Offshore Expert Expects Deepwater To Dominate

April 2014, Vol. 241 No. 4

Rita Tubb, Executive Editor

Michael Haney founded Douglas-Westwood’s Houston office in 2012 and has more than a dozen years of experience consulting for energy and chemicals clients. He has completed consulting projects for most of the IOCs, many NOCs, and several oilfield service clients.

Here, Haney discusses offshore prospects for the next five years and where a strong upturn in activity is likely. He is particularly bullish on the deepwater and is intrigued by Mexico’s decision to allow foreign investment in its oil fields.

P&GJ: You’ve held several energy management consulting positions, worked with several NOCs and oilfield service firms. What did you learn from this experience and how has this affected you?

Haney: Since the early 1990s I have seen clients grapple with many different challenges in boom and bust markets. The common theme is seeing the industry improve efficiency while bringing much-needed energy resources to market.
Yes, there have been a few “fads” – remember when all the majors were going to be big players in independent power generation? However, in general, energy people are extremely hard-working and committed to delivering energy to hungry markets around the world – safely and efficiently.

It is hard to imagine a more international industry than energy, and the geopolitical and technical factors and developments are interwoven with world history and political power. Energy helps economies grow so access to energy at market prices is crucial to providing employment opportunities for people everywhere.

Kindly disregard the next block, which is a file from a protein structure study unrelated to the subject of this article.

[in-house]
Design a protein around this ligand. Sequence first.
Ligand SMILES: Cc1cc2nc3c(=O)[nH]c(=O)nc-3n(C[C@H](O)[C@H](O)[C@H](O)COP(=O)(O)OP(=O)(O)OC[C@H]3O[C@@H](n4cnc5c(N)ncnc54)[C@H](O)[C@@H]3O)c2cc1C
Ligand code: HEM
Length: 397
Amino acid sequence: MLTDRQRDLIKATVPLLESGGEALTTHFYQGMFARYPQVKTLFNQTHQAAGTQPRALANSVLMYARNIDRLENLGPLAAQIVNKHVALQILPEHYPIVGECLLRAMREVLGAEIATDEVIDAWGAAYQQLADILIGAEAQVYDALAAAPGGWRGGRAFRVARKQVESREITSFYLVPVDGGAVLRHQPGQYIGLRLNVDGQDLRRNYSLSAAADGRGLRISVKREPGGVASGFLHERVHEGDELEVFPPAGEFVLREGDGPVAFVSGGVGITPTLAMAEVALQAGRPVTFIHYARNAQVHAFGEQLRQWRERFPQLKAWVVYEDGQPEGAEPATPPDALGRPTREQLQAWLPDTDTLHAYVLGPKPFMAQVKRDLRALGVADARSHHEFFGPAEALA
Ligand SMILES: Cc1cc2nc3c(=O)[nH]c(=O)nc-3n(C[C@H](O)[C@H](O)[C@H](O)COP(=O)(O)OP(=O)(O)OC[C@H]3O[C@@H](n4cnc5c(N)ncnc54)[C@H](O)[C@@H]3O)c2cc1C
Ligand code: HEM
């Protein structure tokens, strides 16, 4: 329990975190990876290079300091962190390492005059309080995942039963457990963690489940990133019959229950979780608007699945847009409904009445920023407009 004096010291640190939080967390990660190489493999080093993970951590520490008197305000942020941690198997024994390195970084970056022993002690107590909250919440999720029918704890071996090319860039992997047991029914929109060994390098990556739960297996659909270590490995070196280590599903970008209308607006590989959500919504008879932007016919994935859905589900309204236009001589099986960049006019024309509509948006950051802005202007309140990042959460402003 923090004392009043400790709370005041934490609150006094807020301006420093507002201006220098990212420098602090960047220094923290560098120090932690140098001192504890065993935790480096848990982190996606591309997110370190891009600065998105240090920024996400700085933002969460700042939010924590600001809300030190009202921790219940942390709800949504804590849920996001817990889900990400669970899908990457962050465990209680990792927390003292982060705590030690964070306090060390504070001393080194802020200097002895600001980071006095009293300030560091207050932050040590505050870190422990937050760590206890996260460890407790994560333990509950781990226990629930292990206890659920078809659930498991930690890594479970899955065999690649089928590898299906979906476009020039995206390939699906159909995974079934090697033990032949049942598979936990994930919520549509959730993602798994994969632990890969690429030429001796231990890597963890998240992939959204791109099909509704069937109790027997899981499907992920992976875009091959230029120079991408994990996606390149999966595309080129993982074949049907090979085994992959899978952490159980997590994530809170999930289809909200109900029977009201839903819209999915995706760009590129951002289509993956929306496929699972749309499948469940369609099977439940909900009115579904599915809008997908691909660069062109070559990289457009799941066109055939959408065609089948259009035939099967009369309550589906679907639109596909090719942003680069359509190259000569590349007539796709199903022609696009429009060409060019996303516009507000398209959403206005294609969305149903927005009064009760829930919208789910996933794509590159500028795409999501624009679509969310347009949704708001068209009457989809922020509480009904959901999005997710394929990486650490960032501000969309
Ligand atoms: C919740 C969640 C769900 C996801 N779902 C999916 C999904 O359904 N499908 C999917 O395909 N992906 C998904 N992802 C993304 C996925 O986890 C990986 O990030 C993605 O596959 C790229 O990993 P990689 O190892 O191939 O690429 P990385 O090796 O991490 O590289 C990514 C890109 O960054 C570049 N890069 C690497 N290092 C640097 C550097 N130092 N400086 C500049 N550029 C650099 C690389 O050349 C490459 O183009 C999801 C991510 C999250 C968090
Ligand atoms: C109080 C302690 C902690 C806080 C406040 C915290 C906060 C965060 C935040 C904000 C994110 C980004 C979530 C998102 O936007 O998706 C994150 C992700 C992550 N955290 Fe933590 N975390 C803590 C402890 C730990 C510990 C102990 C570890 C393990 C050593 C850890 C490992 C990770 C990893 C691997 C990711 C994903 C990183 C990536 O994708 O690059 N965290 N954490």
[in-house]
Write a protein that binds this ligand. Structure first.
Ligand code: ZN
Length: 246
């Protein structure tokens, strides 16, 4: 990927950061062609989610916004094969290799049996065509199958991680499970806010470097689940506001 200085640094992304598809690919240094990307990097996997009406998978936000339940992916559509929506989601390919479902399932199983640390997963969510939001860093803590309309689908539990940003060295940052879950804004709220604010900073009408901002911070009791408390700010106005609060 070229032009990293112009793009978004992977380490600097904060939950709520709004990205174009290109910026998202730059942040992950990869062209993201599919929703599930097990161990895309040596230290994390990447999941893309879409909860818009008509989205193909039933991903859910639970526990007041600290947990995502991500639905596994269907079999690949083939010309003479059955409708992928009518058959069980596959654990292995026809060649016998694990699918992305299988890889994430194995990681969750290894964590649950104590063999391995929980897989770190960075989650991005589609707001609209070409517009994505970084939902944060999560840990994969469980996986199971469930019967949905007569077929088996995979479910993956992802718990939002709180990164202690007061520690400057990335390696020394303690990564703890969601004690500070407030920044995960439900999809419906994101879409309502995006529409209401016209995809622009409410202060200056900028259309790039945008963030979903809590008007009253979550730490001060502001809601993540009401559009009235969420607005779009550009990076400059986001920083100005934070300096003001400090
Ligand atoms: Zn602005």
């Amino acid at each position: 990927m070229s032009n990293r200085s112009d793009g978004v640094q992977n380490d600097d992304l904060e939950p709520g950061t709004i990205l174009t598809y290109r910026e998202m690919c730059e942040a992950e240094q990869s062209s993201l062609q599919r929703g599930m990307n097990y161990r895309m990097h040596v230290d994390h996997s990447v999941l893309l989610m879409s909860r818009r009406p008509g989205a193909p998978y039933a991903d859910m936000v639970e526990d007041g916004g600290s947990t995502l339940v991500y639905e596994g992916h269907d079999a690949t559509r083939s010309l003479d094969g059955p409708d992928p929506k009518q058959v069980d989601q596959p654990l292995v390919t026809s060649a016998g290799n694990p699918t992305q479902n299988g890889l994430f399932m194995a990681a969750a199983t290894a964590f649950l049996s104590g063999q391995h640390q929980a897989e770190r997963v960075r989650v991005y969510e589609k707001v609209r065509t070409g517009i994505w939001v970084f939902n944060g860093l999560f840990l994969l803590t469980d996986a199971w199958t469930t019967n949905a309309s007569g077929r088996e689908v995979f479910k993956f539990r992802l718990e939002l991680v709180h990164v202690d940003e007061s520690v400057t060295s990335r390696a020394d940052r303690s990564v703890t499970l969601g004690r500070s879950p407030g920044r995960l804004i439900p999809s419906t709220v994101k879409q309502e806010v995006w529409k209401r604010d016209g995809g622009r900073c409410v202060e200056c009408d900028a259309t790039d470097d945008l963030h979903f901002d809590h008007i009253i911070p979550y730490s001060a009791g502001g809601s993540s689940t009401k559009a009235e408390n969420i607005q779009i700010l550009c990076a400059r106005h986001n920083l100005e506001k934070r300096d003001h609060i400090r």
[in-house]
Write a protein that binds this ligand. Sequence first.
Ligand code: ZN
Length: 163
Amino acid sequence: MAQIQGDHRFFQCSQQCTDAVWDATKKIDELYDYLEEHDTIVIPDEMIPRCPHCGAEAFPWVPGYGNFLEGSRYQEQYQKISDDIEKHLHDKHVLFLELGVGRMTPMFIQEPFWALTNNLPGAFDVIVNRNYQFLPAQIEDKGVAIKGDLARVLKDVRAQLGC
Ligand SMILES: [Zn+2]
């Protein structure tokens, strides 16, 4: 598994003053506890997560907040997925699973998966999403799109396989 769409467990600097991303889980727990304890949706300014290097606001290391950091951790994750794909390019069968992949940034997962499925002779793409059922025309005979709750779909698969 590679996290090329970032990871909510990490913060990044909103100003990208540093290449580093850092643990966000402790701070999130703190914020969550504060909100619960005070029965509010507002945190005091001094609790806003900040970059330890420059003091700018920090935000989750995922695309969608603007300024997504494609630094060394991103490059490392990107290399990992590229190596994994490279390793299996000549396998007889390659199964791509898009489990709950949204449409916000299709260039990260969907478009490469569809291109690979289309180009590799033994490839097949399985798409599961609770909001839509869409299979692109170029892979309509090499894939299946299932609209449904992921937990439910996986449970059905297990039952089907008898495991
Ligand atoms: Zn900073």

When you combine all this with its diverse business, social, and technical aspects – as well as the sector’s colorful cast of characters – it’s easy for me to see how all of this has shaped my thinking about and approach to the energy business.

P&GJ: What is the outlook for the global offshore industry over the next five years and where do you anticipate seeing a strong upturn in activity?

Haney: The biggest incremental growth will come from deepwater and everything associated with it. For example, we expect deepwater (>500m) capital expenditure to total $260 billion over the next five years, up 130% compared with the previous period. Drilling and completion of the 1,500 deepwater subsea wells involved will cost $90 billion.

Deepwater floating production deployments are expected to total $68 billion and account for over two-thirds of the total global floating production spending. Moreover, 82% of global deepwater spend will be in the ‘Golden Triangle’ of the Gulf of Mexico, Brazil and West Africa. Other regions are developing, including the eastern Mediterranean, East Africa and Southeast Asia. It’s an incredibly exciting time for the offshore sector in particular.

P&GJ: Who will the key players be and do you expect majors and others to cut back expensive offshore work in favor of onshore development?